Leri / Lerry Mills, situated at the confluence of the Ceulan and Leri rivers produced Tweed for suit making using both water wheels from the river and workers to power the looms and spinning machinery.

Little history can be found about the mills but they were built on the site of an old furnace which smelted the lead from local lead mines. Records date this back to 1642.  The mill itself stopped meaningful production around 1958-60 in-line with when the UK became a net cotton importer and the general demise of the industry put paid to over 800 mills.  At this time the two mills (the one photographed here is further down the riverbank) were purchased by Mr J Hughes – he ran the mills with his wife till the end of 1980 as a popular tourist attraction.  In the August of 1981 they put the whole site, including a 6 bedroom house, the two tweed mills, a craft shop and 14 acres of land around the river bank with shooting & fishing rights, for sale at a guide price £150’000.  The site appears never to have been sold and has gradually fallen into decay since.


  • Jacqueline Huband, August 24, 2023 @ 13:01

    My dear Father always bought a bale of Leri Tweed and his taylor would produce the most wonderful suit. The quality of the wool was outstanding. Lovely memories.

  • Sally, April 17, 2021 @ 17:49

    Just been reading about this in In Search if Wales by HV Morton.

  • Stephen Smith, December 27, 2020 @ 00:32

    Loved visiting the mill as a child in the 1960s. It was fascinating to see how everthing worked.

  • sara howdle, October 15, 2019 @ 17:29

    Hi Seren Hughes, bit of a long shot, but I’ve been trying to find contact details for your dad. Myself and my then partner used to visit when you were just a youngster and have since lost contact… My new partner is into mines/caving and I would very much like to reconnect.

  • tumbles, October 4, 2016 @ 16:33

    Probably best to not ask

  • Robin, October 1, 2016 @ 18:09

    I would love to visit and take some pictures if some one could let me know who to contact?

  • Seren Hughes, January 17, 2016 @ 15:28

    My family still live at the mill. My grandad, John, will be 90 this year and my father also still lives there. It was an incredible place to grow up. No one is more sad at how the buildings are decaying than us. It is, however, far more complex and expensive to be put simply. Listed buildings are hard work. But I have hopes for the future. I’d ask people visiting to please respect that this is our home, please don’t sneak down if you visit. Only today a group did so. We don’t mind the occasional visitor, but remember the buildings are unsafe too.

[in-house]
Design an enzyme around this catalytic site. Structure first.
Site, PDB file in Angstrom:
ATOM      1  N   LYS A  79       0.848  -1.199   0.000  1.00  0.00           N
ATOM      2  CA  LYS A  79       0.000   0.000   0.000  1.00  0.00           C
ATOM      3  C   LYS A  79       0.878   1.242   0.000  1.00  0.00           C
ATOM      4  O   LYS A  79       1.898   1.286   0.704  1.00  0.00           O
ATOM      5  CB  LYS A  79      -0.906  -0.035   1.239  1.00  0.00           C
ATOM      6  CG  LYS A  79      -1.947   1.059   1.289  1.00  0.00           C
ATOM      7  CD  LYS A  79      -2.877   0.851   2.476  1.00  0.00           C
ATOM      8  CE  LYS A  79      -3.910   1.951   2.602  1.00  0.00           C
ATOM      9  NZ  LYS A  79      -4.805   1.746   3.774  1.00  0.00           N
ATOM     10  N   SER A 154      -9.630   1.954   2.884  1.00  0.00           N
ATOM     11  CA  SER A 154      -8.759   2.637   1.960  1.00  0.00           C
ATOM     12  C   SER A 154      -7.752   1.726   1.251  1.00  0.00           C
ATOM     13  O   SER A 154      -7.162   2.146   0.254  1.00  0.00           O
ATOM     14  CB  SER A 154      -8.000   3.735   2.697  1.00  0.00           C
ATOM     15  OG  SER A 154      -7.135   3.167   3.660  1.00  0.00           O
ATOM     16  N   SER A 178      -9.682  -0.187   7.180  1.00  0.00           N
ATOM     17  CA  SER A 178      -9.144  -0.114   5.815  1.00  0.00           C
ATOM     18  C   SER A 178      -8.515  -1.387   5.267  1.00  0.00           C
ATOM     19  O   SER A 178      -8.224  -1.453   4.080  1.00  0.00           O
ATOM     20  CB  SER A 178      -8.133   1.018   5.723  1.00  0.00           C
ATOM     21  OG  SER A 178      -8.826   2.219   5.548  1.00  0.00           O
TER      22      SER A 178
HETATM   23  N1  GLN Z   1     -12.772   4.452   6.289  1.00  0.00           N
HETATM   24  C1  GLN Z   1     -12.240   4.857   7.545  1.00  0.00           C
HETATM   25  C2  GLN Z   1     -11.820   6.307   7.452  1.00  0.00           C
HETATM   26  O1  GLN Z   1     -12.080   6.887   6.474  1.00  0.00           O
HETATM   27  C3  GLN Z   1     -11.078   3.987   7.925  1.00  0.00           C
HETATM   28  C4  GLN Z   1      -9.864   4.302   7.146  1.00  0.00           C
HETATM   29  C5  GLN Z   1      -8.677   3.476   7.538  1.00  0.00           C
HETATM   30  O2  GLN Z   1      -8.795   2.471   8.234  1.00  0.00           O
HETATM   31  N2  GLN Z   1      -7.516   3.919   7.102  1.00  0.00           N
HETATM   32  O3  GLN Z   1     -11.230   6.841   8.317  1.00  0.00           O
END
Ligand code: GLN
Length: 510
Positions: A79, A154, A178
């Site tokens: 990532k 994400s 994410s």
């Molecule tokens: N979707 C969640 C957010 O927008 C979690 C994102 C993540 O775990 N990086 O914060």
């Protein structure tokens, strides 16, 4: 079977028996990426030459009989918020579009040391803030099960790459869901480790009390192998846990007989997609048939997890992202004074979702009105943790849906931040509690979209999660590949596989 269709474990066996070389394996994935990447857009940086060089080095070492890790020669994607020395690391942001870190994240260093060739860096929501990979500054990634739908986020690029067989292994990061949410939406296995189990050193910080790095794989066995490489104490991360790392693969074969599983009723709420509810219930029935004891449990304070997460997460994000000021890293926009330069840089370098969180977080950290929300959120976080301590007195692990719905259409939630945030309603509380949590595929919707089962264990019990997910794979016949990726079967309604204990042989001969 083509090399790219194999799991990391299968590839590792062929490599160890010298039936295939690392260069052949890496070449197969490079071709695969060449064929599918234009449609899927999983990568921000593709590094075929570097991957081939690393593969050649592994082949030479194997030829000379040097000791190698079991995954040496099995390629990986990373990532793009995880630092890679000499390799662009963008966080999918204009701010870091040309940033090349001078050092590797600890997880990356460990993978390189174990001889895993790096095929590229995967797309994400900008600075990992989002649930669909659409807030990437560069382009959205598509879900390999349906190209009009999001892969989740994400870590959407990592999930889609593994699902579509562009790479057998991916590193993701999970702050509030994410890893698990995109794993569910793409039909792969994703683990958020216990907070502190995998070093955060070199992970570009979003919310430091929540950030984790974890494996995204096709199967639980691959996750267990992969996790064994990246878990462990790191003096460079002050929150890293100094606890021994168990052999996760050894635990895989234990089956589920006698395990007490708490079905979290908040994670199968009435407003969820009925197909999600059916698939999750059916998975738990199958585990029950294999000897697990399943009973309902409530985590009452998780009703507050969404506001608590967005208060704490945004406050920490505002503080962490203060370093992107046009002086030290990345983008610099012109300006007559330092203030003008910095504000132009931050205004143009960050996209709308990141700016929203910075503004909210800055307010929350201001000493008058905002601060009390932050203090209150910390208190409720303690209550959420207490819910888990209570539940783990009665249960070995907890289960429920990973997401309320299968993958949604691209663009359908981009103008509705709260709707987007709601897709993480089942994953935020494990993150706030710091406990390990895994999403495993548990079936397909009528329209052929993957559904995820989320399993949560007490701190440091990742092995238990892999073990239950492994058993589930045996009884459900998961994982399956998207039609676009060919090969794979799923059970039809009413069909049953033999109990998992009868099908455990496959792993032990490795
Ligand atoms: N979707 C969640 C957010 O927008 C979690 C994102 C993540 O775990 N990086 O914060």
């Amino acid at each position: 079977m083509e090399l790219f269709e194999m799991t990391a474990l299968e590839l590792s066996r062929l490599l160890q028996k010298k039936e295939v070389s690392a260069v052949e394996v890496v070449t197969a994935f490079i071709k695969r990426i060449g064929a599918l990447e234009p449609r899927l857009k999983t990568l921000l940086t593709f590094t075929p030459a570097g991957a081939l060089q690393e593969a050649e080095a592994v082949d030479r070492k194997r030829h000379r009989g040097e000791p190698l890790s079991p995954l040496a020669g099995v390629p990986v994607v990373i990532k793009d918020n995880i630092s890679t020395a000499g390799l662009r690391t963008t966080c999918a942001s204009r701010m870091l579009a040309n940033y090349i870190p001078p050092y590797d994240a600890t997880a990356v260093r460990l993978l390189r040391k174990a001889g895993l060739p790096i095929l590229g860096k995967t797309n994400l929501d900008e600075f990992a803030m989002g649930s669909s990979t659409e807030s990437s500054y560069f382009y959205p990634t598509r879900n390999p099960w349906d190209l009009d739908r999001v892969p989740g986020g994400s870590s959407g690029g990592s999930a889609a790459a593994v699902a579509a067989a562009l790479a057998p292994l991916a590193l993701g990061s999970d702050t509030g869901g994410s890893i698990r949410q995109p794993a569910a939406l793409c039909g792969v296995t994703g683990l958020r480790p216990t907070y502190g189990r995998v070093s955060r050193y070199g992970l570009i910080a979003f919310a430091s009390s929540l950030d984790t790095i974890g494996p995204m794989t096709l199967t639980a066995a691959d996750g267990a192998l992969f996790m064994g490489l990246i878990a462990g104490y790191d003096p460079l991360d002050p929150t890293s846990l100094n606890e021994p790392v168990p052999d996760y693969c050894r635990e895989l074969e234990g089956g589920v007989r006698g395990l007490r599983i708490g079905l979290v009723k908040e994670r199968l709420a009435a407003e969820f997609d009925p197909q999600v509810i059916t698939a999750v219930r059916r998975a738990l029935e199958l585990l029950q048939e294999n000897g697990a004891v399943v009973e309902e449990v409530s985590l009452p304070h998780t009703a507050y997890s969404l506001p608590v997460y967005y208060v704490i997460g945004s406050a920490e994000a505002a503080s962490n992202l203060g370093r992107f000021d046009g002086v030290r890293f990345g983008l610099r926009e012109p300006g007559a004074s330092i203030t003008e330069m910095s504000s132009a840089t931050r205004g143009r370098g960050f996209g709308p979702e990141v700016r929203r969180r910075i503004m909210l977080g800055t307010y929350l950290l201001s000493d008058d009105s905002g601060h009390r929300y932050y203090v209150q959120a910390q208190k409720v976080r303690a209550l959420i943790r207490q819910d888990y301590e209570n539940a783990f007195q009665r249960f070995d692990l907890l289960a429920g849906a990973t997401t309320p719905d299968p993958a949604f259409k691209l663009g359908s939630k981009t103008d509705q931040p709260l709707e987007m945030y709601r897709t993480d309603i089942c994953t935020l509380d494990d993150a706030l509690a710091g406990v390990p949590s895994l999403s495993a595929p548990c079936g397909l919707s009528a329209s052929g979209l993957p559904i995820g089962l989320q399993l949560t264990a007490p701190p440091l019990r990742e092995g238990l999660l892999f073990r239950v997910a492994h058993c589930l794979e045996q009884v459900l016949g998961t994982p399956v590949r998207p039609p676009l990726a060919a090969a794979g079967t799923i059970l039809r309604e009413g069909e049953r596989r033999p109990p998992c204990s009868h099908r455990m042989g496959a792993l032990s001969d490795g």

• Naomi Hill, May 11, 2015 @ 16:29

    These pictures are stunning, do you know who owns the mill? How did you get access?

  • Jane Andrews, March 19, 2015 @ 16:07

    We holidayed near here several times in the 50s and my father bought tweed to have made up into suits each time. The suits were good for years and then becam ‘work suits’ as in those days most men worked in ‘proper’ clothes. One of the times we visited my father and the owner had a long discussion about the building work being done on the mill and wheel – my father being a builder and very interested. It is sad to see the mill abandoned.

  • charles cleverdon, February 10, 2015 @ 19:29

    my grand mothers family used to own the mills and it was the most wonderful place to visit as a child, watching the looms being operated by the water mills and elizabeth and john hughes were such good people

  • Diane, June 24, 2014 @ 05:29

    I’ve seen these photos several times and almost weep each time.

  • Eric Caillé, May 29, 2014 @ 21:25

    Superbe !

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